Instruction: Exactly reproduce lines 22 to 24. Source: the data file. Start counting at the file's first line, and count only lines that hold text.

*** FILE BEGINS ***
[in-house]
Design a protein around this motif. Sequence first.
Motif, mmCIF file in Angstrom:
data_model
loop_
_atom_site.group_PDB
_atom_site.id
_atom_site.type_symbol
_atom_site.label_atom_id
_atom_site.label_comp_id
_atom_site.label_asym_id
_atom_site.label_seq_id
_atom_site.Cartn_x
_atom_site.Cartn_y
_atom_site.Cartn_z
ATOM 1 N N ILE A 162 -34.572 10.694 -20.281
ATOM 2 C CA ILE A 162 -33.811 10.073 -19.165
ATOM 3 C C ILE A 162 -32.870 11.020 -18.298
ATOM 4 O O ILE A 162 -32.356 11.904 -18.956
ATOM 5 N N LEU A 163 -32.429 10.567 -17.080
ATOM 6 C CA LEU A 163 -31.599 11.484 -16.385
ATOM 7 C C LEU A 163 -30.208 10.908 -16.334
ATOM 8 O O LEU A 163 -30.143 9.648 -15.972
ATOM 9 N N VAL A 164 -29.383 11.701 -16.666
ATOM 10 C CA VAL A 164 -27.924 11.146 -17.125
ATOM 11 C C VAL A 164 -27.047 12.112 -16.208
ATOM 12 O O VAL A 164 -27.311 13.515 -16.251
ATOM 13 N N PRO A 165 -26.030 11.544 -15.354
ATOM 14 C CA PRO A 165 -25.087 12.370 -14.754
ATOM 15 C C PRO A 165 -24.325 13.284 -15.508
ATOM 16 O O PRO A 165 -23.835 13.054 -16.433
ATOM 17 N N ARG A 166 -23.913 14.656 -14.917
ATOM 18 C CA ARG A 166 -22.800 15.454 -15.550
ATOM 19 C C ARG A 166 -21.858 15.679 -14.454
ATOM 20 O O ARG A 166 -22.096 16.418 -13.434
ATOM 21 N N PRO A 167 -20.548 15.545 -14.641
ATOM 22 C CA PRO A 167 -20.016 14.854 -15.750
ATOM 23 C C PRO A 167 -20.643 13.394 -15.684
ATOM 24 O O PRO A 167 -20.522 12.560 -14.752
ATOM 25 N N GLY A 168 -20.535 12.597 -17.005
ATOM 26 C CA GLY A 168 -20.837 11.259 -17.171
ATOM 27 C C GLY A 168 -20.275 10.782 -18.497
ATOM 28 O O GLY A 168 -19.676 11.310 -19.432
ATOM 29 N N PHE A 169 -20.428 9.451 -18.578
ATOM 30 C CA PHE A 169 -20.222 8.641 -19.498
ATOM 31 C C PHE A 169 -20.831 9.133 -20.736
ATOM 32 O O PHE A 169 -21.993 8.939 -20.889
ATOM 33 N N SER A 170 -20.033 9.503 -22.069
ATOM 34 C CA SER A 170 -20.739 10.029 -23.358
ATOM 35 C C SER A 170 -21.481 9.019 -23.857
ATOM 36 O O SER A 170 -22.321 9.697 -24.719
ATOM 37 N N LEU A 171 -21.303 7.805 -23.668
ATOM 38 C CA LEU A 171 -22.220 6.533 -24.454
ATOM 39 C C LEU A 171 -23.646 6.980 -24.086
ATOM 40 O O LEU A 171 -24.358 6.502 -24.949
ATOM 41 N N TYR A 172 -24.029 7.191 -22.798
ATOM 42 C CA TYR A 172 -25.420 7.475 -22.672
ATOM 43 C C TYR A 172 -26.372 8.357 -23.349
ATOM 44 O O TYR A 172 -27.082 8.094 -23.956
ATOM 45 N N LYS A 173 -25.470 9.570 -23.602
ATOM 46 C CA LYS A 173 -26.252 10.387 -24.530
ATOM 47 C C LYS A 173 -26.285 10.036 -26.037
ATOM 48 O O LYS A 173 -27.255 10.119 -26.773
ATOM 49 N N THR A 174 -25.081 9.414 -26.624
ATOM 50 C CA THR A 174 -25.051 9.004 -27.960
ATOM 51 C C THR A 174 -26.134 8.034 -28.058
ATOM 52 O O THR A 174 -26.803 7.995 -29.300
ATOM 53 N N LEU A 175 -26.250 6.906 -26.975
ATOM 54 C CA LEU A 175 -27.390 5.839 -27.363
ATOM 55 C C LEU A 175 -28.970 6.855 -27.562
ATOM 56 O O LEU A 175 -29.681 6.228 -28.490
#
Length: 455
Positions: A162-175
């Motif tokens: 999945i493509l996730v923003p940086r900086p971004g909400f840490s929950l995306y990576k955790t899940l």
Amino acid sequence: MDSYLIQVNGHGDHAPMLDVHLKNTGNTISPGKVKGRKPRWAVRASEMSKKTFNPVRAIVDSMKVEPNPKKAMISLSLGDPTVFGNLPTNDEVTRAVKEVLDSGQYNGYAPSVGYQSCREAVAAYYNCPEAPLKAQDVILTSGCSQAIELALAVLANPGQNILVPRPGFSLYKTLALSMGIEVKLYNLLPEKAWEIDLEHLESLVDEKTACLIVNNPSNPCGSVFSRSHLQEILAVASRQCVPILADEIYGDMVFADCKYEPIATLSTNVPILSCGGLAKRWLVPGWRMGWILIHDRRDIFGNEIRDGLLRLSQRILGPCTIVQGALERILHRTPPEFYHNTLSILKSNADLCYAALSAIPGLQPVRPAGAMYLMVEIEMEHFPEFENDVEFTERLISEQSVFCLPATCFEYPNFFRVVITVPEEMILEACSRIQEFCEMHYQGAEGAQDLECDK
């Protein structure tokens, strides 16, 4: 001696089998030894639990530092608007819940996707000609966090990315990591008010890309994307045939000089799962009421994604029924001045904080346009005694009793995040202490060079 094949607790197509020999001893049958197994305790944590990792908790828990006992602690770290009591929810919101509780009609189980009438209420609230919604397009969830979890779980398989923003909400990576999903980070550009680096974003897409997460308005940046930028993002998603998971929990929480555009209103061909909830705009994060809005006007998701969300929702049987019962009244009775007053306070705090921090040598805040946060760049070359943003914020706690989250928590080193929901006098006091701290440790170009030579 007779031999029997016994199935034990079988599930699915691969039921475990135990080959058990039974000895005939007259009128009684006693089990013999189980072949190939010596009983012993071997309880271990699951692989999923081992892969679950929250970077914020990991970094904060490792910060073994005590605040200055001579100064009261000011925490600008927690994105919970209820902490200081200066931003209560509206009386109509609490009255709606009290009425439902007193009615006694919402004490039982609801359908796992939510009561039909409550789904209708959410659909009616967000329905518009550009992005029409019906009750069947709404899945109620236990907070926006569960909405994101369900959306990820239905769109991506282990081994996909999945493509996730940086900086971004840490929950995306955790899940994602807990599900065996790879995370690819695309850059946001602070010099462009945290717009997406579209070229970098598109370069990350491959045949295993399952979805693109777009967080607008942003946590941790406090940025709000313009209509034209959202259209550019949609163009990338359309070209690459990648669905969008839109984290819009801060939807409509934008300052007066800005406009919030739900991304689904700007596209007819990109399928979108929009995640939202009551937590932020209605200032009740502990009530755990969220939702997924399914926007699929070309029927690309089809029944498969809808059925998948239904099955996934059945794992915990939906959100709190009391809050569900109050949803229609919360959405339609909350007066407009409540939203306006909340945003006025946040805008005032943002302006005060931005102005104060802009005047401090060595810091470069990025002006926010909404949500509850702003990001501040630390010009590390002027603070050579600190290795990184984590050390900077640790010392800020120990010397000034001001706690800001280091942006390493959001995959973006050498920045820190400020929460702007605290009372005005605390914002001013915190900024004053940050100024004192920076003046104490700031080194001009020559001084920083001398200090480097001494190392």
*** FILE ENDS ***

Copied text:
ATOM 7 C C LEU A 163 -30.208 10.908 -16.334
ATOM 8 O O LEU A 163 -30.143 9.648 -15.972
ATOM 9 N N VAL A 164 -29.383 11.701 -16.666